We can look at where we can make those targeted investments in society that will have real impact. Yes, the upfront costs will be quite expensive, because we are going to have to bring a large portion of the population up to a standard of care. However, those costs will start to go down over time. We will see the results in savings in our medical system when we do not have to spend the money to deal with much more complicated health problems down the line.
This is a real opportunity for us to come together and make a difference in this place. I ask members to look at the situation in their own ridings, at what so many of their constituents are facing and to make a real difference by passing this motion. We have a choice before us. Are we going to spend our limited time in this place to give money to people who do not need it or are we going to make that investment to ensure Canadians are getting the help they need?
I have been listening to the debate today and members who spoke previously brought together a lot of personal stories, of meeting constituents, residents in their communities who had to cover their mouth because they were embarrassed by the state of their teeth or had further complications going down the line, which had led to multiple hospital visits.
In many ways, oral health is still very much a class issue. People who have means, who have income, have good teeth. People who do not have that source of income usually have poor oral health. This is an opportunity to give people another rung on social mobility, to give them the ability to go forward, to have confidence in seeking a new job, to be more open, to really participate in society.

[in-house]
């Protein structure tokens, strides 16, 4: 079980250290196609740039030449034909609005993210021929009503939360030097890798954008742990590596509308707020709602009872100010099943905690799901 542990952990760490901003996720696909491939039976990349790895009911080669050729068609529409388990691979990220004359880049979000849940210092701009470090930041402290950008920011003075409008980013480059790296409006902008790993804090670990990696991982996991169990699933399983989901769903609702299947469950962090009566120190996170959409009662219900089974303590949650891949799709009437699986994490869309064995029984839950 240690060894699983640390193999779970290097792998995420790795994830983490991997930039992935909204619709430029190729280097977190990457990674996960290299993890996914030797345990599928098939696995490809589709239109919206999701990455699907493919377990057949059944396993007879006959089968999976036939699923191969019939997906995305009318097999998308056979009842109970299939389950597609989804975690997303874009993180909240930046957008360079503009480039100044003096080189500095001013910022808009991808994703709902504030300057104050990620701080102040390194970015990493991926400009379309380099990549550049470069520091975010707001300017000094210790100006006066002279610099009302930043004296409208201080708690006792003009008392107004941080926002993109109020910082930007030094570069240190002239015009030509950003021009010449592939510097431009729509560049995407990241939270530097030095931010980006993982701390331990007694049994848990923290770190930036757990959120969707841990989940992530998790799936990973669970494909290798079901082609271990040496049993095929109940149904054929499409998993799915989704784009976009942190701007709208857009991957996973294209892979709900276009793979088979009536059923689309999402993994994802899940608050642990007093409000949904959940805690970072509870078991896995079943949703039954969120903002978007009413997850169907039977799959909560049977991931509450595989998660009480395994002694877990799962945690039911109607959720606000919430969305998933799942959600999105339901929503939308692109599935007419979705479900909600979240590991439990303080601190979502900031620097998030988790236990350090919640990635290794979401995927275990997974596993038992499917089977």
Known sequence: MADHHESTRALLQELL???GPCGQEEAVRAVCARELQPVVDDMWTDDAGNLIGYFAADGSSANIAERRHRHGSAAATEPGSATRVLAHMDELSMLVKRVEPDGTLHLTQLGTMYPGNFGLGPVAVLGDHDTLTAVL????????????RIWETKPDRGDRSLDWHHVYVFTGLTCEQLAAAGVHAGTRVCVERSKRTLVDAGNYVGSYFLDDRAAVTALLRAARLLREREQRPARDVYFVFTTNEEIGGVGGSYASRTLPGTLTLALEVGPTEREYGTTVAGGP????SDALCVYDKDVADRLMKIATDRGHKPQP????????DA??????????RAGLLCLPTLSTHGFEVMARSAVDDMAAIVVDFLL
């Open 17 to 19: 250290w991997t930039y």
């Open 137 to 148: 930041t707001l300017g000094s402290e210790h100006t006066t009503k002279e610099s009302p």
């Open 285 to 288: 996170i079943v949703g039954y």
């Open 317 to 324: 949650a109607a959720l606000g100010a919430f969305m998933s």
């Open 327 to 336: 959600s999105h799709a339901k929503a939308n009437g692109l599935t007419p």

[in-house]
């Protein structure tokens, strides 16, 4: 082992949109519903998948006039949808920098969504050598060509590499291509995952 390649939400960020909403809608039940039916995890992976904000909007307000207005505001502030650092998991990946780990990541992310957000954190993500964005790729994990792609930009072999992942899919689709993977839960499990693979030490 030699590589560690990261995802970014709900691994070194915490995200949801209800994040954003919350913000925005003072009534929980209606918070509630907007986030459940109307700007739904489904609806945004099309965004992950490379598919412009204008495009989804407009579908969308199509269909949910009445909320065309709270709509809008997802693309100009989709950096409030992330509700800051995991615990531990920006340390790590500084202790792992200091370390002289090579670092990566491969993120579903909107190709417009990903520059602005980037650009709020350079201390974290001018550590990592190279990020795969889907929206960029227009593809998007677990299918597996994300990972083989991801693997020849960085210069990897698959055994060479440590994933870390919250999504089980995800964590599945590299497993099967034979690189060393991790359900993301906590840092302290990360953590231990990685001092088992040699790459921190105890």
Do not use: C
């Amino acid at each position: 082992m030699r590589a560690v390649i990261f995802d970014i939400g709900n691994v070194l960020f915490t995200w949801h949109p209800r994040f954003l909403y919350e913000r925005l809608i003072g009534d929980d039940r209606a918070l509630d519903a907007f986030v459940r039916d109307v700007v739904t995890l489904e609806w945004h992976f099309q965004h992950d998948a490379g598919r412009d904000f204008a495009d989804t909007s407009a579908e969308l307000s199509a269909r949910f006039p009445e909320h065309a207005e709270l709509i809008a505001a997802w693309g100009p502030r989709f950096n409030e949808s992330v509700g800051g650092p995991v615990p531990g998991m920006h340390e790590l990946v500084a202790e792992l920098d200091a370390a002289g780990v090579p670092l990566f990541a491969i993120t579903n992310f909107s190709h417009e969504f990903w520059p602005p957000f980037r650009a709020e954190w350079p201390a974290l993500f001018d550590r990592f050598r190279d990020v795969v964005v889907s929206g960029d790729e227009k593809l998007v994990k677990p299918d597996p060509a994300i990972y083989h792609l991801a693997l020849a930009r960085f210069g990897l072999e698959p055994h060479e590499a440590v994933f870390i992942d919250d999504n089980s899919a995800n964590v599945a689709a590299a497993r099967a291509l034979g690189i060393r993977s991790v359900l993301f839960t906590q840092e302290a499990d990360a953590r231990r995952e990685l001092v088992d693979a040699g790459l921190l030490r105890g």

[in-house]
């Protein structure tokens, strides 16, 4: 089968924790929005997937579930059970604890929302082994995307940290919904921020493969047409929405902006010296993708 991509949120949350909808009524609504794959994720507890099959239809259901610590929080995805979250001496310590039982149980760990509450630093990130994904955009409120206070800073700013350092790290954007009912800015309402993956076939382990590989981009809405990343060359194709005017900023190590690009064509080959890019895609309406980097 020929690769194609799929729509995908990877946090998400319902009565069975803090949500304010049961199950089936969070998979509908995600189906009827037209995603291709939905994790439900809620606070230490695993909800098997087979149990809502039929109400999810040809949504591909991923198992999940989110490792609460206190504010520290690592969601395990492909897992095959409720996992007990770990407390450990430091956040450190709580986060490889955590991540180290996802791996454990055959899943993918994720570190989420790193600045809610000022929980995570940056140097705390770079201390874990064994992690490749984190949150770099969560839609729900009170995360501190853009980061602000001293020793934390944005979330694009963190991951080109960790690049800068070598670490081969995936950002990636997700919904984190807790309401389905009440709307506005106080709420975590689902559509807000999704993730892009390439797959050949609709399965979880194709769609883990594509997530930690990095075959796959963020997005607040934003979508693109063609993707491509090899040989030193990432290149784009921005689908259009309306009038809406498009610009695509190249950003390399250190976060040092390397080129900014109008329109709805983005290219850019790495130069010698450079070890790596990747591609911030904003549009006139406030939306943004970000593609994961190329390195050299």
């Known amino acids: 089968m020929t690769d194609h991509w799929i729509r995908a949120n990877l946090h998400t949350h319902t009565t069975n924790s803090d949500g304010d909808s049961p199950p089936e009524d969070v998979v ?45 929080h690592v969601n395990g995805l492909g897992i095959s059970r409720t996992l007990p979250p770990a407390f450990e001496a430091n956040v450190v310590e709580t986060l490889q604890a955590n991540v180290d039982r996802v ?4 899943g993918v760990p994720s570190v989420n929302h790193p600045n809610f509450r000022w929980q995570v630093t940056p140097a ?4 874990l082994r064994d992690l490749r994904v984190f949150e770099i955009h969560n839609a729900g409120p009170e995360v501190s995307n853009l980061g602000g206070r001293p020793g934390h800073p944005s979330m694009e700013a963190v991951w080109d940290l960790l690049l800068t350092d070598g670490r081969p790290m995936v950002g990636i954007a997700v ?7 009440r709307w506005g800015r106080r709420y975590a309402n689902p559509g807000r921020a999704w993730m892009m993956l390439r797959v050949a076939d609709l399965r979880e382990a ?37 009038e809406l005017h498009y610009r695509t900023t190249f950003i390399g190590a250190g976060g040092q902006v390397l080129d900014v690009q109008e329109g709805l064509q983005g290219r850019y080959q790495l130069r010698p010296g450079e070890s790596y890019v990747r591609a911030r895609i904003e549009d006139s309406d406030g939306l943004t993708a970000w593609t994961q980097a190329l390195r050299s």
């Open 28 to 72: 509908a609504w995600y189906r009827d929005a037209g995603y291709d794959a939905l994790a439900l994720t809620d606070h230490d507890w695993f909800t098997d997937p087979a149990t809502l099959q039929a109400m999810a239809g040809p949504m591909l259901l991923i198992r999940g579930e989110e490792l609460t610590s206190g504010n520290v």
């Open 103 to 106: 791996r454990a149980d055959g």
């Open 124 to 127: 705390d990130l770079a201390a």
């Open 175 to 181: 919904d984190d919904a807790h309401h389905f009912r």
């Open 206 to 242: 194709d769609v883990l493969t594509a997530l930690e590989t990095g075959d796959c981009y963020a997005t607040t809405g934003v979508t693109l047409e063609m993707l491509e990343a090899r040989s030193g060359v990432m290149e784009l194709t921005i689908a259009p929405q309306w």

Our dental care plan as members of Parliament is very generous. In fact, we have so much privilege in this place. We command an amazing salary. We have incredible health and dental benefits. Why do we feel comfortable as parliamentarians to give ourselves that coverage, yet we balk at the cost of giving it to our constituents?
Can we honestly make that argument to the public when in our constituencies, that we as members of Parliament deserve dental care that they do not have? I do not think many of us can. If members are going to make that argument, I would think twice about sitting in this place, because constituents might have better ideas.
I know my time is coming to a close, but I will end by imploring all of my colleagues, no matter which political party, to seriously look at this proposal, look at the good it will do for the people of Canada and take this moment to come together in this minority Parliament, pass the motion and get our country onto a path where we can cover people for dental care, which will have a very real and measurable impact in their lives.